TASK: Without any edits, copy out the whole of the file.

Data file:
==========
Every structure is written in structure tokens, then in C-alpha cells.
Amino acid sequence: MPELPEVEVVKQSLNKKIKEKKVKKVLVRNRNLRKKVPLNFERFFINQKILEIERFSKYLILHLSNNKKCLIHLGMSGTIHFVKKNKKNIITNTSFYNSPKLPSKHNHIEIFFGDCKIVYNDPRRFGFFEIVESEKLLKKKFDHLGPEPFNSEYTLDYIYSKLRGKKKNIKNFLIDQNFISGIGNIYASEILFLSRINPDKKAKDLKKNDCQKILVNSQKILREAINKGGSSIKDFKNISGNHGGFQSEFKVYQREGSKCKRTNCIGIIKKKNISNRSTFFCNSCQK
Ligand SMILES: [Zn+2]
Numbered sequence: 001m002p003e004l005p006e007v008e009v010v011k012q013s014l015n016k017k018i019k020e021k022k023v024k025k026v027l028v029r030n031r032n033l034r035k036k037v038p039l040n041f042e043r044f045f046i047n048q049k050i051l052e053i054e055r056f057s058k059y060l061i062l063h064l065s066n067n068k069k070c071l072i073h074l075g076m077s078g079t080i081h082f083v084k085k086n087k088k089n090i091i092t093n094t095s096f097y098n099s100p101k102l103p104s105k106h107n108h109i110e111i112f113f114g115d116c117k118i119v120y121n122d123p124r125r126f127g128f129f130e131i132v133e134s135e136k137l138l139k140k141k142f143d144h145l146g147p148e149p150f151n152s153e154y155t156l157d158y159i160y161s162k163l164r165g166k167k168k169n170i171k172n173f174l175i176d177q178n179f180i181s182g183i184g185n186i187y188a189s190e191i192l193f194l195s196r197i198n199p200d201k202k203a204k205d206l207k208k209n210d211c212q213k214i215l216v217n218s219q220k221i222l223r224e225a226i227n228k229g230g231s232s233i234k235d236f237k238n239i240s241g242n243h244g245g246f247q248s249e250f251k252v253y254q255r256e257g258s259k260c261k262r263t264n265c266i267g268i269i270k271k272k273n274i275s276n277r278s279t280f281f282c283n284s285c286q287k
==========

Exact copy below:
Every structure is written in structure tokens, then in C-alpha cells.
Amino acid sequence: MPELPEVEVVKQSLNKKIKEKKVKKVLVRNRNLRKKVPLNFERFFINQKILEIERFSKYLILHLSNNKKCLIHLGMSGTIHFVKKNKKNIITNTSFYNSPKLPSKHNHIEIFFGDCKIVYNDPRRFGFFEIVESEKLLKKKFDHLGPEPFNSEYTLDYIYSKLRGKKKNIKNFLIDQNFISGIGNIYASEILFLSRINPDKKAKDLKKNDCQKILVNSQKILREAINKGGSSIKDFKNISGNHGGFQSEFKVYQREGSKCKRTNCIGIIKKKNISNRSTFFCNSCQK
Ligand SMILES: [Zn+2]
Numbered sequence: 001m002p003e004l005p006e007v008e009v010v011k012q013s014l015n016k017k018i019k020e021k022k023v024k025k026v027l028v029r030n031r032n033l034r035k036k037v038p039l040n041f042e043r044f045f046i047n048q049k050i051l052e053i054e055r056f057s058k059y060l061i062l063h064l065s066n067n068k069k070c071l072i073h074l075g076m077s078g079t080i081h082f083v084k085k086n087k088k089n090i091i092t093n094t095s096f097y098n099s100p101k102l103p104s105k106h107n108h109i110e111i112f113f114g115d116c117k118i119v120y121n122d123p124r125r126f127g128f129f130e131i132v133e134s135e136k137l138l139k140k141k142f143d144h145l146g147p148e149p150f151n152s153e154y155t156l157d158y159i160y161s162k163l164r165g166k167k168k169n170i171k172n173f174l175i176d177q178n179f180i181s182g183i184g185n186i187y188a189s190e191i192l193f194l195s196r197i198n199p200d201k202k203a204k205d206l207k208k209n210d211c212q213k214i215l216v217n218s219q220k221i222l223r224e225a226i227n228k229g230g231s232s233i234k235d236f237k238n239i240s241g242n243h244g245g246f247q248s249e250f251k252v253y254q255r256e257g258s259k260c261k262r263t264n265c266i267g268i269i270k271k272k273n274i275s276n277r278s279t280f281f282c283n284s285c286q287k